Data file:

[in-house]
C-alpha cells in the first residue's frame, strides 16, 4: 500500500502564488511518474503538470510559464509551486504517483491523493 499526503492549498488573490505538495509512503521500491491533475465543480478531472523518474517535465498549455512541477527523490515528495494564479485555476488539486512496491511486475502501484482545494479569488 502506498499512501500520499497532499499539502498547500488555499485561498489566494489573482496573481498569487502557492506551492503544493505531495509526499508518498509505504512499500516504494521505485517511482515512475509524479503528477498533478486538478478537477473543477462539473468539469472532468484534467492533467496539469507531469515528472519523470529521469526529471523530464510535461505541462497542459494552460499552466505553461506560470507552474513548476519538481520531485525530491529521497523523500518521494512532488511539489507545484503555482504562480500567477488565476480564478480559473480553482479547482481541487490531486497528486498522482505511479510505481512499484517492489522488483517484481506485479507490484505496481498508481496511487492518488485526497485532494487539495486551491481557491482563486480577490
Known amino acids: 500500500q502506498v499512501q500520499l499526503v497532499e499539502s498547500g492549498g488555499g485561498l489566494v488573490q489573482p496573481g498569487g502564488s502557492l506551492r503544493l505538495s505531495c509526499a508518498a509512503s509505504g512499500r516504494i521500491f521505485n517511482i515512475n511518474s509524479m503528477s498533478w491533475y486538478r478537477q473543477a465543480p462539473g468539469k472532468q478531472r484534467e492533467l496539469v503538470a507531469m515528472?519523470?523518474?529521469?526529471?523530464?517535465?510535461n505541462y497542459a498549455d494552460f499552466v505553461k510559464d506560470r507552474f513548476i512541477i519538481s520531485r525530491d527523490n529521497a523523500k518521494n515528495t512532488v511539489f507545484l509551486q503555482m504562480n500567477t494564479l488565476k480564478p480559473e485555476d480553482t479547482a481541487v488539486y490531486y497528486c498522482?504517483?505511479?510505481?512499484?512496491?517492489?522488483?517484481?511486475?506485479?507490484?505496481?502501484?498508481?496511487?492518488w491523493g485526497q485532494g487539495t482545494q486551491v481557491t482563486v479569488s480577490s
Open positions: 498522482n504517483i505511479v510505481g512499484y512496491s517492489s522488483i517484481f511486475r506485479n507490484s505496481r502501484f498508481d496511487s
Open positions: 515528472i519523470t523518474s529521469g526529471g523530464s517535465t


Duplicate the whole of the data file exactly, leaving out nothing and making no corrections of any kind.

[in-house]
C-alpha cells in the first residue's frame, strides 16, 4: 500500500502564488511518474503538470510559464509551486504517483491523493 499526503492549498488573490505538495509512503521500491491533475465543480478531472523518474517535465498549455512541477527523490515528495494564479485555476488539486512496491511486475502501484482545494479569488 502506498499512501500520499497532499499539502498547500488555499485561498489566494489573482496573481498569487502557492506551492503544493505531495509526499508518498509505504512499500516504494521505485517511482515512475509524479503528477498533478486538478478537477473543477462539473468539469472532468484534467492533467496539469507531469515528472519523470529521469526529471523530464510535461505541462497542459494552460499552466505553461506560470507552474513548476519538481520531485525530491529521497523523500518521494512532488511539489507545484503555482504562480500567477488565476480564478480559473480553482479547482481541487490531486497528486498522482505511479510505481512499484517492489522488483517484481506485479507490484505496481498508481496511487492518488485526497485532494487539495486551491481557491482563486480577490
Known amino acids: 500500500q502506498v499512501q500520499l499526503v497532499e499539502s498547500g492549498g488555499g485561498l489566494v488573490q489573482p496573481g498569487g502564488s502557492l506551492r503544493l505538495s505531495c509526499a508518498a509512503s509505504g512499500r516504494i521500491f521505485n517511482i515512475n511518474s509524479m503528477s498533478w491533475y486538478r478537477q473543477a465543480p462539473g468539469k472532468q478531472r484534467e492533467l496539469v503538470a507531469m515528472?519523470?523518474?529521469?526529471?523530464?517535465?510535461n505541462y497542459a498549455d494552460f499552466v505553461k510559464d506560470r507552474f513548476i512541477i519538481s520531485r525530491d527523490n529521497a523523500k518521494n515528495t512532488v511539489f507545484l509551486q503555482m504562480n500567477t494564479l488565476k480564478p480559473e485555476d480553482t479547482a481541487v488539486y490531486y497528486c498522482?504517483?505511479?510505481?512499484?512496491?517492489?522488483?517484481?511486475?506485479?507490484?505496481?502501484?498508481?496511487?492518488w491523493g485526497q485532494g487539495t482545494q486551491v481557491t482563486v479569488s480577490s
Open positions: 498522482n504517483i505511479v510505481g512499484y512496491s517492489s522488483i517484481f511486475r506485479n507490484s505496481r502501484f498508481d496511487s
Open positions: 515528472i519523470t523518474s529521469g526529471g523530464s517535465t